chemical engineering at Michigan. Then he went back to India, got married to my mom. They came -- my mom came over in early 1970s. I was born in… AXELROD: Why'd they come over? KHANNA: They came over for opportunity, for education. I mean, my dad was - - there was much better chance back then to have a great education here. And it was in the, as you remember, was in the 60s when he came there was Sputnik in the sense that we wanted people with an engineering or science background. It was the simplest thing to come. He got a visa -- student visa early on. And then when he worked at a chemical engineering company, he got a green card. And you know, we really were opening -- open to people in science. And it was also after the civil rights moment. Before 1965 there were very few Indian Americans or Chinese Americans. And it was really the civil rights movement that led to the Immigration Reform Act of 65 that opened immigration to Asia. AXELROD: You know, the obvious question is about where we are now. I was really dismayed to read about the kind of precipitous decline in the number of international students who were applying American colleges and universities. Now I think 40 percent was the number in, you know, in the current class of students who are applying for admission. What is the impact of that? KHANNA: Well one it is not having the best and brightest come to the United States. That's one of things that make us great as opposed to the Ming Dynasty in China that didn't have sort of diversity of people from around the world. Our uniqueness was we really attracted talent from every part of the world. And now those folks are just going to be creating jobs and sorting companies in other places. And also diminishes in some sense American leadership. I mean, one of the advantages we had is people looked up to America because so many folks knew someone who studied here or had an influence on our ideas. AXELROD: You are a -- you studied economics before you went to law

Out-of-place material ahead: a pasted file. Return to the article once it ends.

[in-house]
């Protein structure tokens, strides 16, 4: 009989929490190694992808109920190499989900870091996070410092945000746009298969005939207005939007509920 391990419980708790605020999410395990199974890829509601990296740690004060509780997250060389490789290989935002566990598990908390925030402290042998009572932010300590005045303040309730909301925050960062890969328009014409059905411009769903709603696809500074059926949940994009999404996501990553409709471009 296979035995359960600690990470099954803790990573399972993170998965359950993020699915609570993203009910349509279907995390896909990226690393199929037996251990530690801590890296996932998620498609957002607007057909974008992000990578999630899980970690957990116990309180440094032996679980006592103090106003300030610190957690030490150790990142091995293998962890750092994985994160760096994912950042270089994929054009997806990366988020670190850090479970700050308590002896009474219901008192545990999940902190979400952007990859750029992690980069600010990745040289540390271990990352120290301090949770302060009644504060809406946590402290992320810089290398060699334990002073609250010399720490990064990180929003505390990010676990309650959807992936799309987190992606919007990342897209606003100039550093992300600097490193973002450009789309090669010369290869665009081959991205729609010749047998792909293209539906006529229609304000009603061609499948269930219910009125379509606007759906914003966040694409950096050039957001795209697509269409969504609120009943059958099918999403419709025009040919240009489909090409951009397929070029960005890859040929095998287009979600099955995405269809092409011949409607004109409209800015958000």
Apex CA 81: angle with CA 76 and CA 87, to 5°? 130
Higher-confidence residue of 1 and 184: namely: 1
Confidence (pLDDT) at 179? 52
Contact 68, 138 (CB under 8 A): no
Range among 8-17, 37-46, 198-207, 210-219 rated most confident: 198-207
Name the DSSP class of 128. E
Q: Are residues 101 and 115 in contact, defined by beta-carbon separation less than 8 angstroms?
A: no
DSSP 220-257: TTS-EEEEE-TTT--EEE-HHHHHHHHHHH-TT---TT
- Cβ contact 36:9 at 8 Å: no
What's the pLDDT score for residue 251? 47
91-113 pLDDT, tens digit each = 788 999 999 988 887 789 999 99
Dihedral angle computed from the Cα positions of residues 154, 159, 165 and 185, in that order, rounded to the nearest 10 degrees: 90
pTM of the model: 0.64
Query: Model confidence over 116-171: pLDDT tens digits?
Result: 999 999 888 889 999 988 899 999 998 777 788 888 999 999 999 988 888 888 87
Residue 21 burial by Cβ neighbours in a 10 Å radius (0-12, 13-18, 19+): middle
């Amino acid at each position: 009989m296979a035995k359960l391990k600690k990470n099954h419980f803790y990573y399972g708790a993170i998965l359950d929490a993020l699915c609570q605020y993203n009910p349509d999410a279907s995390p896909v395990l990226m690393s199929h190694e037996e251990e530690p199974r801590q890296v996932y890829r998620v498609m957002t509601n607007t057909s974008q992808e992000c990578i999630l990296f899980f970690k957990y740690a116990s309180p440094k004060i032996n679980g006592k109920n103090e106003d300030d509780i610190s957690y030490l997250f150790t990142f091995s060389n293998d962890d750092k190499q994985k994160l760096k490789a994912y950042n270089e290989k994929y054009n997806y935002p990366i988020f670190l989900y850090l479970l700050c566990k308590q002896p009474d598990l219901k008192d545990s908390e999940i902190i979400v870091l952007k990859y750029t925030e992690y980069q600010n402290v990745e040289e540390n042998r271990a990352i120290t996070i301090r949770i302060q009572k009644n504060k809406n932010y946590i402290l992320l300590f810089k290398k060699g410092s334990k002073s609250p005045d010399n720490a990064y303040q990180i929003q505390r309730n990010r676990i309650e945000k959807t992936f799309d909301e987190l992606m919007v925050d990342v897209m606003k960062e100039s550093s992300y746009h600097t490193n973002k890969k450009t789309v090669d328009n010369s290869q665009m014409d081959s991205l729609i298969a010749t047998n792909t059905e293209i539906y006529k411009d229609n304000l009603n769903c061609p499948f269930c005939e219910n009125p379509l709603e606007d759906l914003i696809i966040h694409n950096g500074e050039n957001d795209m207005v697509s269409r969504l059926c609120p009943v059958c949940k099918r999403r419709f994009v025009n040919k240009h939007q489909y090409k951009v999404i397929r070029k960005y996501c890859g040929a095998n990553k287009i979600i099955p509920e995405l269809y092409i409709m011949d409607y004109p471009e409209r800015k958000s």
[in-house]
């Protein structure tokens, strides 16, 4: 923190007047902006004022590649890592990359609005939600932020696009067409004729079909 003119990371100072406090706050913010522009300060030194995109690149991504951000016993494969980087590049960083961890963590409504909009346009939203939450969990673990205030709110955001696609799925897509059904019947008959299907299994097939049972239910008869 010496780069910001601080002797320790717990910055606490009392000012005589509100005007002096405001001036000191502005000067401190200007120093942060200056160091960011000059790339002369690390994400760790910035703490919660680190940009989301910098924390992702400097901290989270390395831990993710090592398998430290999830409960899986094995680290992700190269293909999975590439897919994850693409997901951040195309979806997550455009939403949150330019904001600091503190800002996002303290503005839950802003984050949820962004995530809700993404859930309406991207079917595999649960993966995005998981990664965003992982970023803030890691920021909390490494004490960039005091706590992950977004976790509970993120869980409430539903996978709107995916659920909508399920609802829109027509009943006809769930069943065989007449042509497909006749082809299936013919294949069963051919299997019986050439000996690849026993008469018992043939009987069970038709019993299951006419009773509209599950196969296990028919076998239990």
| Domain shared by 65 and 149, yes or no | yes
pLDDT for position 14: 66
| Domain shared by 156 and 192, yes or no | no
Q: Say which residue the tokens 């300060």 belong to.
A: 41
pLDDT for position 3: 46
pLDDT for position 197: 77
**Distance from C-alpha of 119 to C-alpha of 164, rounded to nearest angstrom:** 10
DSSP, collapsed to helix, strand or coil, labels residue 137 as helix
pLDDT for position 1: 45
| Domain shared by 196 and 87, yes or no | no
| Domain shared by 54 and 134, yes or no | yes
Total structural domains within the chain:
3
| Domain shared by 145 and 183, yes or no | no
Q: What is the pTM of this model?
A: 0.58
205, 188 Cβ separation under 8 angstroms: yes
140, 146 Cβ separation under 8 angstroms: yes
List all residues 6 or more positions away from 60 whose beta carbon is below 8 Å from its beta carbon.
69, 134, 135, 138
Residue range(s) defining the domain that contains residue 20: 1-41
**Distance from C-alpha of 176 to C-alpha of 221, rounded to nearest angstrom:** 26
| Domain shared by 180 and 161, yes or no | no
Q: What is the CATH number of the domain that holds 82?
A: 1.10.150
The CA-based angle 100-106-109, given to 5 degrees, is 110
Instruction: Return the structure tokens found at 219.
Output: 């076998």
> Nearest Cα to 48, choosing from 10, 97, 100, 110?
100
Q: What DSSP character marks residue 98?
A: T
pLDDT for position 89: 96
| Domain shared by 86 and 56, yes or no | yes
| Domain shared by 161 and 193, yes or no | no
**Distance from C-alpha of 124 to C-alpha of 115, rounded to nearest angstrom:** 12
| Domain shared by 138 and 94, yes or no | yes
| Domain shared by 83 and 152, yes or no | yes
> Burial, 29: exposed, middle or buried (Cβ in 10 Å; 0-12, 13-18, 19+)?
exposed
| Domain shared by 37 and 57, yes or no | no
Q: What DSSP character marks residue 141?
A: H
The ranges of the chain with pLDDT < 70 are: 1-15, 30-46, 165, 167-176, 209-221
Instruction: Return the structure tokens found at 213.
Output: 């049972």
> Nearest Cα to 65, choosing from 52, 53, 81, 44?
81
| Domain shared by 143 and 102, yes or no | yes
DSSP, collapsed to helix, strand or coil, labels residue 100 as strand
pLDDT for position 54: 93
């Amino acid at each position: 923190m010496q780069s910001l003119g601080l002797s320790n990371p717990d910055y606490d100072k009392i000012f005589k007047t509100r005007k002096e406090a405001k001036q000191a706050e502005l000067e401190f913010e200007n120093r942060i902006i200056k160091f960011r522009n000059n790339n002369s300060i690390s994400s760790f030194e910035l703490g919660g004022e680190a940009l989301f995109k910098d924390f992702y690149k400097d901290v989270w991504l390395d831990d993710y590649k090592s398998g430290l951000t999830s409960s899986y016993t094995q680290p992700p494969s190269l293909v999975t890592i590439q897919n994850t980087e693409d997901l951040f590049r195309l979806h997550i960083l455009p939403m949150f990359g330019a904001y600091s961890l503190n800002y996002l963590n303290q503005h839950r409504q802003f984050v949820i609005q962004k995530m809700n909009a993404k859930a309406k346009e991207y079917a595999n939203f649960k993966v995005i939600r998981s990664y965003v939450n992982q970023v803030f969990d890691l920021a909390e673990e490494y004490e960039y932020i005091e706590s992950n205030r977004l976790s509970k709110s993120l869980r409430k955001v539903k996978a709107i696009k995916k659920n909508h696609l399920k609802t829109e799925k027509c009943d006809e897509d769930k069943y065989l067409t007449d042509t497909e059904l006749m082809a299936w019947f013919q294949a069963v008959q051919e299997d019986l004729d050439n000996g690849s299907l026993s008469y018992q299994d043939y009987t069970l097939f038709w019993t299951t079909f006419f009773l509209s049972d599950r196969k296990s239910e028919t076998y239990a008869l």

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    school. Do -- have you -- and I am sure you have very -- a a bunch of smart folks who you tap for various data. Have you up studied what the impact of the sort of abandonment or retreat on immigration might have on our economy? KHANNA: Oh, there's studies all over the place. I don't want to quote something inaccurate, but I think it's -- I mean, we're talking about hundreds of billions of dollars that -- of value that immigrants have created either through startup companies or by helping build so many technology companies. [00:05:00] And I think that the important thing to know is many of them who come to the United States were paying for their education or subsidizing them. And then, we're -- if we're asking them to go back, we're basically paying for their education and saying "create jobs or companies overseas". And anyone, you know, from all of the president's talk about American greatness, I ask the counter factual. I mean, imagine a world where Google, Facebook, Tesla, Yahoo, were Chinese companies, or European companies. That wouldn't be an America we would want. We want these companies here. And anyone who's walked through those companies know they're people from around the world -- that's partly what makes them so successful. AXELROD: You know, when the -- when the Obama administration and the Senate passed an immigration reform bill during his administration, the Congressional Budget Office did an estimate and said that it would add, I think it was 1.4 trillion, was the number. See now I'm quoting inaccurate, but I'm pretty sure that's accurate -- 1.4 trillion over a decade. So, presumably the reverse is true as well -- if we ratchet down immigration, there's a fairly significant number in terms of loss growth that we can count on. KHANNA: Absolutely. And, as you know, David, the biggest factor for America's economic growth from 1950 to today was actually women entering the work force, because one of the biggest restrictors on economic growth was our labor supply. So, now we're not going to have the luxury of a huge increase of women in the work force. One of the things we need is immigrants at all levels. And, to restrict it is to restrict America's economic growth. Now, no one's saying there haven't been abuses. I mean, part of the abuse, I